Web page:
Neuroblastoma develops from the cells left behind from a baby’s development in the womb. The cells that it develops from are called neuroblasts.
- ‘Neuro’ means nerve.
- ‘Blast’ means cells in early development.
- ‘Oma’ means a group of cells, or a tumour.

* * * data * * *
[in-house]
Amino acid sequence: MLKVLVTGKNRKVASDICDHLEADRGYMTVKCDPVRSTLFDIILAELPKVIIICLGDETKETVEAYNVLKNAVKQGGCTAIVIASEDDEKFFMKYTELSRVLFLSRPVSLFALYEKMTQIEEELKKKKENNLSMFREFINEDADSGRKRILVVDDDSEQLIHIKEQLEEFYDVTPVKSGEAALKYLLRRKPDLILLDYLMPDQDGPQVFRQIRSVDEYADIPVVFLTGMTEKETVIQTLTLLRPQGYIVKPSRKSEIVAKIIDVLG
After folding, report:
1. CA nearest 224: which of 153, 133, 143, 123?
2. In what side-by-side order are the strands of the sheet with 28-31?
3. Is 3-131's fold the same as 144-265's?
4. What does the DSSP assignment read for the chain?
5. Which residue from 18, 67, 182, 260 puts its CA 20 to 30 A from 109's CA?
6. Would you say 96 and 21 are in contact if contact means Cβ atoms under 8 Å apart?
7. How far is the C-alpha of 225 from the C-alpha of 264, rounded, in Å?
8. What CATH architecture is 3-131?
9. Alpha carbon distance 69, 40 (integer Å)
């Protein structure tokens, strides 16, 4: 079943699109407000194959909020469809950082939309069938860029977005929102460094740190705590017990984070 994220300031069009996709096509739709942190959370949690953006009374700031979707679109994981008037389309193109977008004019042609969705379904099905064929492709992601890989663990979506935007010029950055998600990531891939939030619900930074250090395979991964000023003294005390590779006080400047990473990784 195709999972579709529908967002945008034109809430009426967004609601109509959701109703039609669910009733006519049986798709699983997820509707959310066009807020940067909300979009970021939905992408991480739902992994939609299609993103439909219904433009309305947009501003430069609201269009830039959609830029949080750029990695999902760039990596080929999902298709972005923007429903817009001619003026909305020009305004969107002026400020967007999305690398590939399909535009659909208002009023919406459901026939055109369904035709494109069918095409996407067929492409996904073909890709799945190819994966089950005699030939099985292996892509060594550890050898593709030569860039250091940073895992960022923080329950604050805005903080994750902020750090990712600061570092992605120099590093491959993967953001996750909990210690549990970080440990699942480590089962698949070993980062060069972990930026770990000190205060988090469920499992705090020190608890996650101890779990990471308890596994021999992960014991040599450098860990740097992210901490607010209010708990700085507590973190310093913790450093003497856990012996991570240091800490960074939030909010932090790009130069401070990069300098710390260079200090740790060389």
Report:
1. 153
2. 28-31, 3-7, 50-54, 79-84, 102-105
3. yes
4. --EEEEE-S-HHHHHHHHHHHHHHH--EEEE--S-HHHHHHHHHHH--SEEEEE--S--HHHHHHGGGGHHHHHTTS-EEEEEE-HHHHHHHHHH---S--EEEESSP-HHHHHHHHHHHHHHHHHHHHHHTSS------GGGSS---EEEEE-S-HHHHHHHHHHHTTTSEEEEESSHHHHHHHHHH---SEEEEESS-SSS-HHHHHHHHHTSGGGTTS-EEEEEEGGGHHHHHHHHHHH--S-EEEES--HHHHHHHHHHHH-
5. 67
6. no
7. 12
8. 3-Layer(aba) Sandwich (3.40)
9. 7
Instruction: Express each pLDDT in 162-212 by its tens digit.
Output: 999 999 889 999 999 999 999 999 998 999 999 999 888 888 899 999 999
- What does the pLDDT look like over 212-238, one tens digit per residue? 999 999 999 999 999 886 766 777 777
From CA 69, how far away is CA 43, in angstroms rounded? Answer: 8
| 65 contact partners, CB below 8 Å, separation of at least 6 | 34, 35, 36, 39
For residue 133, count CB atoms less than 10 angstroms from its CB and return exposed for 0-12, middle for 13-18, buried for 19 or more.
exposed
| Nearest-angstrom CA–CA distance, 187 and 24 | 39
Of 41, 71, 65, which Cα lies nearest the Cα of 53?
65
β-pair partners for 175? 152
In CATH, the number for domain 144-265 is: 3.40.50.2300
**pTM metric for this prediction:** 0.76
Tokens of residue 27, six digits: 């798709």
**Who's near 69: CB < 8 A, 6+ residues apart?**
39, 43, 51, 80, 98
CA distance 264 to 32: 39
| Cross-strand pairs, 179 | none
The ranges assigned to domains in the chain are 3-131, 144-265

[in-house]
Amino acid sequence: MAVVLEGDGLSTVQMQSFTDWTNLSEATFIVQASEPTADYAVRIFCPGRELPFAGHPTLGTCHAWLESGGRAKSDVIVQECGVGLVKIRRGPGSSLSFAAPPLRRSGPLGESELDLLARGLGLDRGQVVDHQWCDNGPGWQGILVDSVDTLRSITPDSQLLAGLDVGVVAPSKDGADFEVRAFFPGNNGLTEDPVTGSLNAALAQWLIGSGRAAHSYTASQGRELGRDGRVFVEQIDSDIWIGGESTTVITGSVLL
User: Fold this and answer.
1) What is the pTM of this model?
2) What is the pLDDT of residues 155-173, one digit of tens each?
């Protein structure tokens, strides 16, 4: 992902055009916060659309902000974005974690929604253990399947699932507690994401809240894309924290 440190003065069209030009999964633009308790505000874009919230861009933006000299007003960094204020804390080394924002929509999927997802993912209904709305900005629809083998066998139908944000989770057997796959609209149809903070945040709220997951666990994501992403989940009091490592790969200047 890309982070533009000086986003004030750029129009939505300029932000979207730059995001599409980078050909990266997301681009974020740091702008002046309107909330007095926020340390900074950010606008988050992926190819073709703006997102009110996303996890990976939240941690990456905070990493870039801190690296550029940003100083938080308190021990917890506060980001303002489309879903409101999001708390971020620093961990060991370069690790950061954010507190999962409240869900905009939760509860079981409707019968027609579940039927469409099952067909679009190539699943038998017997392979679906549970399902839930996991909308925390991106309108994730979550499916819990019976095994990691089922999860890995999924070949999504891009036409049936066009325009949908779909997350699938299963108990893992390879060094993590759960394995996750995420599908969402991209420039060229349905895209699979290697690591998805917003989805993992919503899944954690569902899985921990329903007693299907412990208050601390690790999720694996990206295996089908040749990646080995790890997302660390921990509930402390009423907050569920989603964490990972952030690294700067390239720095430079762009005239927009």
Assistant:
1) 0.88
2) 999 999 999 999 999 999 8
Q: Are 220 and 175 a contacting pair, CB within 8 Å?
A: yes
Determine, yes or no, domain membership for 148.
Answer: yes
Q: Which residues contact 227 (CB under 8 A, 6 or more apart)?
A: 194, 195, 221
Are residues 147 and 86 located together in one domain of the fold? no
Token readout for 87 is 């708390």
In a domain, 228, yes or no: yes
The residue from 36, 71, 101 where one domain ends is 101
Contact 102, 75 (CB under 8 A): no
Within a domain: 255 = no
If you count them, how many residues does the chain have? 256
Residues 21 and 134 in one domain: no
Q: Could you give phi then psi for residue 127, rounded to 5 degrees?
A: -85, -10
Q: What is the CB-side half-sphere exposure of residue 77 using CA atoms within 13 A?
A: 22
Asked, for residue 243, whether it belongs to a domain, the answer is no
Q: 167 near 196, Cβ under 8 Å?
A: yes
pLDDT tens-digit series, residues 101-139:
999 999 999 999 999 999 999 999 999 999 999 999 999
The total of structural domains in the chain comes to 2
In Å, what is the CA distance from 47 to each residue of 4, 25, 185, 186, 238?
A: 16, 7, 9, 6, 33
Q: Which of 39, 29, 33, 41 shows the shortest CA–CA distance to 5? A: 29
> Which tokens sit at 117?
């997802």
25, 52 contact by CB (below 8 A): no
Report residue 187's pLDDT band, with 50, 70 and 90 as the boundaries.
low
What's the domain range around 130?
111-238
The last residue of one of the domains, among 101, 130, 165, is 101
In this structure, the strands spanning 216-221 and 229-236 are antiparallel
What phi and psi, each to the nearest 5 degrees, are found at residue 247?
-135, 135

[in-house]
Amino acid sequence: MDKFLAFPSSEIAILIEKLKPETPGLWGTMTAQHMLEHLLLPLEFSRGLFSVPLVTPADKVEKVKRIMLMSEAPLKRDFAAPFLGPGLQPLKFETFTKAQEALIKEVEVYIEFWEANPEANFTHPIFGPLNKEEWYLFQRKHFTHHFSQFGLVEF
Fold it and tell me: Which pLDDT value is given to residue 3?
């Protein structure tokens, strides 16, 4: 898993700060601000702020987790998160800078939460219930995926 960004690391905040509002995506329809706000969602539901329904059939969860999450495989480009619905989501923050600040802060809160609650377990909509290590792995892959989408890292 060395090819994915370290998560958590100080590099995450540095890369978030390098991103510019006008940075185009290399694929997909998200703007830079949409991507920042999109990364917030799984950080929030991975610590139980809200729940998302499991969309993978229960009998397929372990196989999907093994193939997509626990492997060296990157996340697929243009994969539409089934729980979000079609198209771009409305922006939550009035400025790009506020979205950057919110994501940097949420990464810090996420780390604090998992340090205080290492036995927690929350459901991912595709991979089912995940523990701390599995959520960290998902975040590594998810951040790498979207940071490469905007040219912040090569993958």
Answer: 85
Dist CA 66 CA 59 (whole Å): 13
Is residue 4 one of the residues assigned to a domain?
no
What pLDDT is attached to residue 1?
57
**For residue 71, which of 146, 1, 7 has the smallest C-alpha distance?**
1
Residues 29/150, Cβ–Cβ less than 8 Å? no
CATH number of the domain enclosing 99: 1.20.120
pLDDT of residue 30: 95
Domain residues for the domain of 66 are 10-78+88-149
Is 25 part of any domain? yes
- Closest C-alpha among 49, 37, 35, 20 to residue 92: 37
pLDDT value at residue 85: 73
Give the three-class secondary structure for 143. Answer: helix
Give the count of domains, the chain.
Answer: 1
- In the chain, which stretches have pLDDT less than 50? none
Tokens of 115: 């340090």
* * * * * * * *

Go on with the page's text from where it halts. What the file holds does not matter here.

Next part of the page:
Neuroblastoma can occur anywhere in the body. The site of origin is either in one of the two adrenal glands situated in the abdomen (tummy) or in nerve tissue that runs alongside the spinal cord, in the neck, chest, abdomen or pelvis. The adrenal glands are specialised glands that are found above the right and left kidney. The adrenal glands normally release hormones to maintain blood pressure, and enable us to respond to stress. In some cases, neuroblastoma can spread to tissues beyond the original site such as the bone marrow, bone, lymph nodes, liver, and skin.